After the lunar success: Now India’s solar probe is on its way

The probe was launched on Saturday morning from the Sriharikota space base in Andhra Pradesh on India’s west coast, the space agency Isro said in a live broadcast. It will travel 1.5 million kilometers before settling into orbit around the sun.

The purpose is, among other things, to study plasma eruptions. When the energy from the eruptions reaches Earth, it can disrupt things like satellites, and the hope is that Aditya will be able to help alleviate such problems.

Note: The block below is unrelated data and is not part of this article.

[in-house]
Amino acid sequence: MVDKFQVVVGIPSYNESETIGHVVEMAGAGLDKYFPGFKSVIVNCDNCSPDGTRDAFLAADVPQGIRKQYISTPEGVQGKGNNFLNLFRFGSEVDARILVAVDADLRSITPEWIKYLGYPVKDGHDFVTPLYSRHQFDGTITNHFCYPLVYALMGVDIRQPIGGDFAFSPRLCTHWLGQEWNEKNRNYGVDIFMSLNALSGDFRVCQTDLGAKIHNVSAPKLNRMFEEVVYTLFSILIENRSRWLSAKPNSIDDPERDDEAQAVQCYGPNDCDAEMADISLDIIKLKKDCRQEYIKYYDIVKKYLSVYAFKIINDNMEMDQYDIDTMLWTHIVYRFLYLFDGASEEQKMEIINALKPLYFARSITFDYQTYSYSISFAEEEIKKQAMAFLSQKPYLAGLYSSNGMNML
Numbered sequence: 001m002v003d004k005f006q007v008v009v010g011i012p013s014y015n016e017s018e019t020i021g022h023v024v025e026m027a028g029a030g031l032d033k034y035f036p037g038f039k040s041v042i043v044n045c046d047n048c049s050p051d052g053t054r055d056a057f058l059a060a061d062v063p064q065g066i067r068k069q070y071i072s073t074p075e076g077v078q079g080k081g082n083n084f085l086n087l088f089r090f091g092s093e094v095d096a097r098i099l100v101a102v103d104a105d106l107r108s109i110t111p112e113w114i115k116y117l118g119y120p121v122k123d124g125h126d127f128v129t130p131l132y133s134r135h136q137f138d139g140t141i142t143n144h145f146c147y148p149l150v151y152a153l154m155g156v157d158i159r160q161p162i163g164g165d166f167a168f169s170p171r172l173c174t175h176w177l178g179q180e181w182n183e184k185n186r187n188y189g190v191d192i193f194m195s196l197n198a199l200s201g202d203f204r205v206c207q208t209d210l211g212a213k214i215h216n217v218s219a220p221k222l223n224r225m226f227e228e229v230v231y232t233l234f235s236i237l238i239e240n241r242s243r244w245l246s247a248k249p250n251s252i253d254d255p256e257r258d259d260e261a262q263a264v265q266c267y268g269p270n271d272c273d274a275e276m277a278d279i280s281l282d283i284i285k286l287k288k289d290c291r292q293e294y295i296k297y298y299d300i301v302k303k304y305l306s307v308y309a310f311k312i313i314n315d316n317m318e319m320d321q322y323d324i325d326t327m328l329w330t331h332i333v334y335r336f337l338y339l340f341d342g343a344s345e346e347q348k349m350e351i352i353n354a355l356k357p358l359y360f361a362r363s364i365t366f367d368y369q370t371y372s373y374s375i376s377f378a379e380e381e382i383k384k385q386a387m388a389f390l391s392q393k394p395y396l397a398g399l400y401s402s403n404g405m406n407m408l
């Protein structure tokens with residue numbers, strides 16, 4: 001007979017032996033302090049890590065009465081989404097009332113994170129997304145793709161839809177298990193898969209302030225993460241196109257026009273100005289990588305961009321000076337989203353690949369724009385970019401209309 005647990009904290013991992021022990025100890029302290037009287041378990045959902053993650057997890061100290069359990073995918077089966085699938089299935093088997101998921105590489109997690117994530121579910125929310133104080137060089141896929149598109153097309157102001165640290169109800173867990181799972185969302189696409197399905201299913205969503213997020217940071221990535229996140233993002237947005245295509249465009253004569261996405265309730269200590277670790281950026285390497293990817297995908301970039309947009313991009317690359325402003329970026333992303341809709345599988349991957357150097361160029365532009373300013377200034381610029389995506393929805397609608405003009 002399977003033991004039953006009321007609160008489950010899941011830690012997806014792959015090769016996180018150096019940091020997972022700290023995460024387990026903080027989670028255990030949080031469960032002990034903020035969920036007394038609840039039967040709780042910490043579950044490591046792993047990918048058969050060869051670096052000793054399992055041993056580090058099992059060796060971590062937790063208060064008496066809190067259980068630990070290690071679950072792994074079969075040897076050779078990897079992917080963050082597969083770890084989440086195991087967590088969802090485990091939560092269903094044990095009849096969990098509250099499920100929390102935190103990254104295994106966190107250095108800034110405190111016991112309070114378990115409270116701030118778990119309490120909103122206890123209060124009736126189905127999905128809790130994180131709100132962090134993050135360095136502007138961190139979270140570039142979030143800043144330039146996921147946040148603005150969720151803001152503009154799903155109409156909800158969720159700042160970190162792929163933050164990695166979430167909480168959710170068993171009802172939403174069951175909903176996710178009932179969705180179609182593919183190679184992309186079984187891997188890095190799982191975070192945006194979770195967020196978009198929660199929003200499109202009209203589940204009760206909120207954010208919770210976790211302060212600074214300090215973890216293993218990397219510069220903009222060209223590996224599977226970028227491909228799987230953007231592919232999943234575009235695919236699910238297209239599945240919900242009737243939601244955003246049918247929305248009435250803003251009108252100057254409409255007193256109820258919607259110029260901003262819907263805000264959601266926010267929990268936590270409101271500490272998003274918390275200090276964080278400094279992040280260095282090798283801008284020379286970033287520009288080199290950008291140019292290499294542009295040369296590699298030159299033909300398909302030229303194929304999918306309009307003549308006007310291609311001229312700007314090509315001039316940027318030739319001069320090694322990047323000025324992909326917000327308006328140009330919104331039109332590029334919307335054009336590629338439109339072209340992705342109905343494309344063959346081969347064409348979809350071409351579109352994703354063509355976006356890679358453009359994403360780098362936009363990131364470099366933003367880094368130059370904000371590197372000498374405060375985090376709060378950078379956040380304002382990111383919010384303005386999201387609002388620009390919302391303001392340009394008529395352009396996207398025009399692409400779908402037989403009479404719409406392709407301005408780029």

After the successful moon landing

The launch takes place in the aftermath of the celebration of India being the first country to successfully land a probe at the moon’s south pole. The Chandrayaan 3 expedition’s lander Vikram touched down for its lunar research mission on August 23.

For Aditya, a similar “low price scheme” is used as for Chandrayaan. The probe takes a bet by first spinning around the Earth for 16 days. This means that less fuel is needed to then accelerate into space. The technology contributes to India’s space travel being much cheaper than that of other major powers.